Crushing On The Billionaire (Part 2)



Part 2



By: Lola Silverman


Copyright © 2015


All rights reserved. This book or any portion thereof may not be reproduced or used in any manner whatsoever without the express written permission of the publisher except for the use of brief quotations in a book review.

All characters appearing in this work are fictitious. Any resemblance to real persons, living or dead is purely coincidental.

Chapter 1


I tried hard not to panic as various sickening puzzle pieces fell into place—the way Shawn’s touches and glances would linger, my professor’s comment that he was in love with me—and he still looked at me, expectant, flush with the excitement of coming clean with me.

Telling me he was in love with me.

Even though I was in love with his father.

My cheek still felt seared from where Shawn’s lips had pecked my skin—right after he told me he wanted to take our friendship to the next level. He didn’t understand; he didn’t have a clue what he was doing. What I was doing. What his father was doing.

“Loren?” Shawn peered at me, his smile fading a bit. “You look like you’re going to be sick. I have to say that’s not a reaction that makes me feel very good about what I just said.”

I opened my mouth and closed it again. What could I say? What was there to say? Patrick had warned me against telling Shawn the truth about us, wanting to wait for a better time to do so. I was starting to realize that there just wasn’t going to be a good time to tell my best friend that his father and I were in love with each other.

The worst time, however, was probably right now…right after Shawn had revealed all to me.

“Say something,” he urged, his face taking on a greenish hue. “Anything. Please. Put me out of my misery at least.”

“I…um….” Why was this so hard? Up until this very moment, Shawn had been my best friend. I knew I could tell him anything and everything.

Now, however, I was already hiding the biggest secret of my life from him—that my years-long crush on Patrick had blossomed into something mutual, something wonderful, and something that felt a lot like love.

I didn’t love Shawn. Not like he was hoping for.

“I do love you, Shawn,” I said, the words coming out of my mouth sounding like somebody else was saying them. “Like a brother. You’re my very best friend.”

He winced like I’d said something offensive. “You’re my best friend, too, Loren, but it’d be creepy if I loved you like a sister. I…want to be with you. I love you…romantically.”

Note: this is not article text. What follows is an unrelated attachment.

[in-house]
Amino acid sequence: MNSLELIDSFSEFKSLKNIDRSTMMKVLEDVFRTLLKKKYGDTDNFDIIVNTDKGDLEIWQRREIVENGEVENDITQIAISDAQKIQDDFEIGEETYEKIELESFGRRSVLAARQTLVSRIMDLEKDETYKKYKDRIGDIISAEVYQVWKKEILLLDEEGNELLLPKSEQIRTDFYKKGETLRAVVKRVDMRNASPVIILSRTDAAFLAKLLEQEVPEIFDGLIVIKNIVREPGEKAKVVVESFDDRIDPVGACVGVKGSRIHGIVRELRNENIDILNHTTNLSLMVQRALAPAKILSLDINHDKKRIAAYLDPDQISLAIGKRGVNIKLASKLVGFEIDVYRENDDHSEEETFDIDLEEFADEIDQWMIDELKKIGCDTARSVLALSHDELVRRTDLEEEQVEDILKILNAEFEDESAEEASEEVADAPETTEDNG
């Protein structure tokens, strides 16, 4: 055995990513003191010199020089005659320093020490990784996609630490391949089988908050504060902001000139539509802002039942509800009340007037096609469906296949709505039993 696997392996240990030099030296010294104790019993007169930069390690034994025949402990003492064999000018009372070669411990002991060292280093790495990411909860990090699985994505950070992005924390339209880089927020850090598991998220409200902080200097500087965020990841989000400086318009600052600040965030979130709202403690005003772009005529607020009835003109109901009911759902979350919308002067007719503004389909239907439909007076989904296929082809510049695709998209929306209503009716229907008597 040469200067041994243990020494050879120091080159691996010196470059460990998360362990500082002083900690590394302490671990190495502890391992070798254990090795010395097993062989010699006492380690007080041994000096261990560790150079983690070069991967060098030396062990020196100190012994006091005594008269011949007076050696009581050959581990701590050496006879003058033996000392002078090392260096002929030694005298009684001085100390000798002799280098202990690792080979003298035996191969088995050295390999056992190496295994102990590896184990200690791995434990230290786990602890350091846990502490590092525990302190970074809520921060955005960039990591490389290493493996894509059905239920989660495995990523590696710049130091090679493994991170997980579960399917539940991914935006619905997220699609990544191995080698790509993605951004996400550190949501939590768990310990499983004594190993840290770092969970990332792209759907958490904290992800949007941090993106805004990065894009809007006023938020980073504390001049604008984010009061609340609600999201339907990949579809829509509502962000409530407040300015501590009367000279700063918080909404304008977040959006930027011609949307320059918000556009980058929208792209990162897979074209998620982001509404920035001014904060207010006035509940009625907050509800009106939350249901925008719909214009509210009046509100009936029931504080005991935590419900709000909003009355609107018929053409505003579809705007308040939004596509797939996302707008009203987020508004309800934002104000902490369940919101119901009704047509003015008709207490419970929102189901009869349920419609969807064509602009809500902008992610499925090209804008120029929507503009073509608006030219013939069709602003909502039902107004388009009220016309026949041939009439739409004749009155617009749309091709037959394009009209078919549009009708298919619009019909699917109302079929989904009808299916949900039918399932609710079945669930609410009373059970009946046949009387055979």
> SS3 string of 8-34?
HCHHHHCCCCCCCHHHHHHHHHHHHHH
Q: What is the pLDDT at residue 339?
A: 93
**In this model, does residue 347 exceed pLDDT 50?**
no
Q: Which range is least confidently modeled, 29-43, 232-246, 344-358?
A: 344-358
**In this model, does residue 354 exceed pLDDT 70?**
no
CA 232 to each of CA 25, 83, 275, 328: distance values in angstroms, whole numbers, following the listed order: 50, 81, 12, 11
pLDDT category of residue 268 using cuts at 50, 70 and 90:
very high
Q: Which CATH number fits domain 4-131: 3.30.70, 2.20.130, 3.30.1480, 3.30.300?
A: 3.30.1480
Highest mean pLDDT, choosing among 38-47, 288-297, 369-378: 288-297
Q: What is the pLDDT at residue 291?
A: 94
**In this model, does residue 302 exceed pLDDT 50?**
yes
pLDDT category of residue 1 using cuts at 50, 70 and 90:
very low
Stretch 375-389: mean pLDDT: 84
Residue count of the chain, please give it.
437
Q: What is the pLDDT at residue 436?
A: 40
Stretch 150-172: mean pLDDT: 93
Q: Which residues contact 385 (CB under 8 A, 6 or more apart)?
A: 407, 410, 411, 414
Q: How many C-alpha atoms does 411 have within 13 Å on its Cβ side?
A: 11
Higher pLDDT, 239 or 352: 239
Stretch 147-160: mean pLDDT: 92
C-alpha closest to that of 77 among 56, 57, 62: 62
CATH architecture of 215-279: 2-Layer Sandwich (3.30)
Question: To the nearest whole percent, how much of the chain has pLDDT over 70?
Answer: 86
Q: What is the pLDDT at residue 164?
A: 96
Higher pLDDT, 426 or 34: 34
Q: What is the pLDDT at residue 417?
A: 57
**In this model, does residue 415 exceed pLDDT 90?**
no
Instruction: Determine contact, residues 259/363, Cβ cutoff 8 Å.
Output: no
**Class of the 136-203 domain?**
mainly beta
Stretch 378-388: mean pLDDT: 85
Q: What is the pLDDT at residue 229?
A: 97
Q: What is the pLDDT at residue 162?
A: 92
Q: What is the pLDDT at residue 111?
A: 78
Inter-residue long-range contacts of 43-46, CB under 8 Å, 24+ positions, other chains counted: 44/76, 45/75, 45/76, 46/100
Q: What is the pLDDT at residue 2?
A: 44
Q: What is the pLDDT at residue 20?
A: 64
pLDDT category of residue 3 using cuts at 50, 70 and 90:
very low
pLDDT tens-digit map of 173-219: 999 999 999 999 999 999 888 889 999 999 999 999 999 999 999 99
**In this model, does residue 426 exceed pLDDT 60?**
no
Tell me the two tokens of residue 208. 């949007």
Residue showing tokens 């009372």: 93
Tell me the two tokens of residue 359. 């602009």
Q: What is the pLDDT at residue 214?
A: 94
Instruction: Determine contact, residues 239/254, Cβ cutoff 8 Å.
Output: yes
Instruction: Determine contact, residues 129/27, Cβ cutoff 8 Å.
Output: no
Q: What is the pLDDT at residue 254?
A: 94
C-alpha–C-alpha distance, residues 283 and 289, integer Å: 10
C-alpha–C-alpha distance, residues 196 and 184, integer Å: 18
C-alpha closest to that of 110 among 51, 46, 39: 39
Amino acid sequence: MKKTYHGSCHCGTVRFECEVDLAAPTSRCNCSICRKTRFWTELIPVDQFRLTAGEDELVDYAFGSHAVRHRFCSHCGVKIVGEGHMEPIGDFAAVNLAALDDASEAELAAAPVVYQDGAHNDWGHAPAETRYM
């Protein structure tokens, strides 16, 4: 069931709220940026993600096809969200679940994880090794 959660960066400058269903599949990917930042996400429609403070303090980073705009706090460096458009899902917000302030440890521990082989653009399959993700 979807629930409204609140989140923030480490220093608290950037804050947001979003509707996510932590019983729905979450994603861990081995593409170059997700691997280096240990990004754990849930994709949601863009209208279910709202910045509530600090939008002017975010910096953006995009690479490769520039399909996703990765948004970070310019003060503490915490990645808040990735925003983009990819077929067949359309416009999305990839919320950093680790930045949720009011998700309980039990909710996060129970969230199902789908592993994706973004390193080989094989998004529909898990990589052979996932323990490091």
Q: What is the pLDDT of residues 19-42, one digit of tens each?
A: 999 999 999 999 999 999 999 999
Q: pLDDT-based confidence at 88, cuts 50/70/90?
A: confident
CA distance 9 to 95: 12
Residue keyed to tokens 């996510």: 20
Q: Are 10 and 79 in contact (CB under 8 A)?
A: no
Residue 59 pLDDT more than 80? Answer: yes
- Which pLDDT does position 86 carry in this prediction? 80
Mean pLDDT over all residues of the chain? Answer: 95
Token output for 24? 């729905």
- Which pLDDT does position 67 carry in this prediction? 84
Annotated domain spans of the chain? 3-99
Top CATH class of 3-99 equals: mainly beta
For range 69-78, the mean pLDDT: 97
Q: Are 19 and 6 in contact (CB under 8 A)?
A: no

It was becoming increasingly clear to me that I was going to have to tell the truth—all of it. Everything. Shawn was going to need to have a reason why I couldn’t be with him, and that reason, beyond having absolutely zero romantic inclinations toward him, was his father. Patrick.

“That’s the thing that I was going to tell you earlier,” I said, swallowing hard and feeling like there was some kind of dam within me that was fighting to keep my words from tumbling out of my mouth. “I wanted to tell you that I’d met someone…well, no, that I’d fallen for someone. That I was in a relationship.”

Shawn’s dark eyebrows drew together, his brown eyes puzzled. “What do you mean, you’re in a relationship?” he nearly demanded. “We’re together almost all the time. I haven’t seen you with anyone.”

That was the not-so-funny fact; Shawn saw me with his father all the time, usually at this very house. He just hadn’t realized the feelings that Patrick and I shared—nor the passionate night we’d had—just inside the house, among the floor pillows in the comfortable den.

Shawn’s car was still running, and we were still parked in the driveway. I didn’t know if it would be better or worse if we went inside. Patrick’s car—well, one of them, anyway—was also parked in the driveway, meaning there was a good chance he was inside. Would it be a good thing or a bad thing to have this conversation in Patrick’s presence? The confines of Shawn’s vehicle made my throat tighten a bit in panic.

“Don’t you want to go inside?” I asked, forcing myself to meet Shawn’s eyes. The light that was usually there was dulled with shock and hurt. I hated the fact that I was causing this, that I was hurting my friend.

“What I want are answers, Loren,” he said, his voice a worrying monotone. He still hadn’t even bothered to turn the ignition off. “How could you be in a relationship without me even knowing? You just said we were best friends.”

“I did, and we are,” I said, quickly realizing that whatever I was going to say was going to require a lot of damage control. “It’s just that everything happened so soon. I…we…just sort of fell in with each other.”

That was true. It hadn’t been any time at all since Patrick and I shared that catalyst of a kiss beneath the Golden Gate Bridge, the kiss that had opened the floodgates of feelings we apparently shared for each other. Even if I had been so inclined, there hadn’t hardly been time to tell anyone about the blossoming relationship, let alone Shawn.

“Who is he?” Shawn stared at me, perfectly still. “Do I know him?”

And here it was—the realization that I was going to have to tell the truth. I’d wanted to this whole time, but it had been Patrick who’d discouraged me from doing so. Shawn was my best friend; none of this changed that. But I knew how he was…how he could get. On his bad days, he could be moody, at best—and meteoric, at worst.

I wondered how he was going to react to this news. No, not wondered…feared. I was going to have to tell him. There wasn’t a way around it. I couldn’t stand to lie to my friend, or to prolong our mutual suffering.

“You do know him,” I said, that dam inside of me fighting each syllable.

“Then who?”

“It’s…it’s Patrick.”

It was a little bit duplicitous with a healthy dose of cowardice that I’d said ‘Patrick.’ I watched the wheels in Shawn’s head turn, as he paged through his memory. Where had we known someone around our age named Patrick? That was the deceit; Patrick wasn’t around our age. He was old enough to be my father. He was Shawn’s father, and he didn’t think of his own father by his given name.

“I don’t know anyone named Patrick except…”—Shawn narrowed his eyes as a possibility—the correct possibility—sunk in—“…except my dad. If this is your attempt at a joke, Loren…?”

I took a deep breath. “It’s not a joke. I’m in love with your dad, Shawn.”

“Does he know?”

I tried to shake off the cruelty of that statement, as if Shawn were implying that I wasn’t even important enough to be on Patrick’s radar.

“He is very much aware.” I couldn’t keep all the acid out of my voice.

Shawn snapped the keys out of the ignition and hurled himself out of his vehicle, slamming the door behind him as he stalked to the door. I had to run to catch up, and even then, I was still outside when I heard him bellow for Patrick.

There might not have been a good way to tell my best friend that I was in love with his father; however, this was shaping up to be the absolute worst.